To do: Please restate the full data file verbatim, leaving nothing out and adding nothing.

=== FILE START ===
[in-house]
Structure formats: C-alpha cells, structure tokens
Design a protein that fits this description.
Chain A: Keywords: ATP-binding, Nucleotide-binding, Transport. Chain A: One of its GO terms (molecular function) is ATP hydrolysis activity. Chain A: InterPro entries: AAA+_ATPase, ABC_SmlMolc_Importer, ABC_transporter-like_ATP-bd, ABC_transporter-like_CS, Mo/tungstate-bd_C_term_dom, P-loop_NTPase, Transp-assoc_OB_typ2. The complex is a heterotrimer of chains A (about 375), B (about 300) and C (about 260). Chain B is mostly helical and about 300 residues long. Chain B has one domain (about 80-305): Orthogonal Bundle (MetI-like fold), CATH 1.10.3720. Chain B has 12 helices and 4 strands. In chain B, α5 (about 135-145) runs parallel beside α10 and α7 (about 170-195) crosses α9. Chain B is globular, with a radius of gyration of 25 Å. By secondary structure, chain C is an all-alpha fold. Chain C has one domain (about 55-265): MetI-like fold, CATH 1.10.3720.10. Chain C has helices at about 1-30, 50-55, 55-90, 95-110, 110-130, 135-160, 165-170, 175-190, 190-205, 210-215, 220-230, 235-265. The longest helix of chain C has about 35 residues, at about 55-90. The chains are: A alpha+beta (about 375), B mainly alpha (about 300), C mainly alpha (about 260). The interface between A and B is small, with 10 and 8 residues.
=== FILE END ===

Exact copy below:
[in-house]
Structure formats: C-alpha cells, structure tokens
Design a protein that fits this description.
Chain A: Keywords: ATP-binding, Nucleotide-binding, Transport. Chain A: One of its GO terms (molecular function) is ATP hydrolysis activity. Chain A: InterPro entries: AAA+_ATPase, ABC_SmlMolc_Importer, ABC_transporter-like_ATP-bd, ABC_transporter-like_CS, Mo/tungstate-bd_C_term_dom, P-loop_NTPase, Transp-assoc_OB_typ2. The complex is a heterotrimer of chains A (about 375), B (about 300) and C (about 260). Chain B is mostly helical and about 300 residues long. Chain B has one domain (about 80-305): Orthogonal Bundle (MetI-like fold), CATH 1.10.3720. Chain B has 12 helices and 4 strands. In chain B, α5 (about 135-145) runs parallel beside α10 and α7 (about 170-195) crosses α9. Chain B is globular, with a radius of gyration of 25 Å. By secondary structure, chain C is an all-alpha fold. Chain C has one domain (about 55-265): MetI-like fold, CATH 1.10.3720.10. Chain C has helices at about 1-30, 50-55, 55-90, 95-110, 110-130, 135-160, 165-170, 175-190, 190-205, 210-215, 220-230, 235-265. The longest helix of chain C has about 35 residues, at about 55-90. The chains are: A alpha+beta (about 375), B mainly alpha (about 300), C mainly alpha (about 260). The interface between A and B is small, with 10 and 8 residues.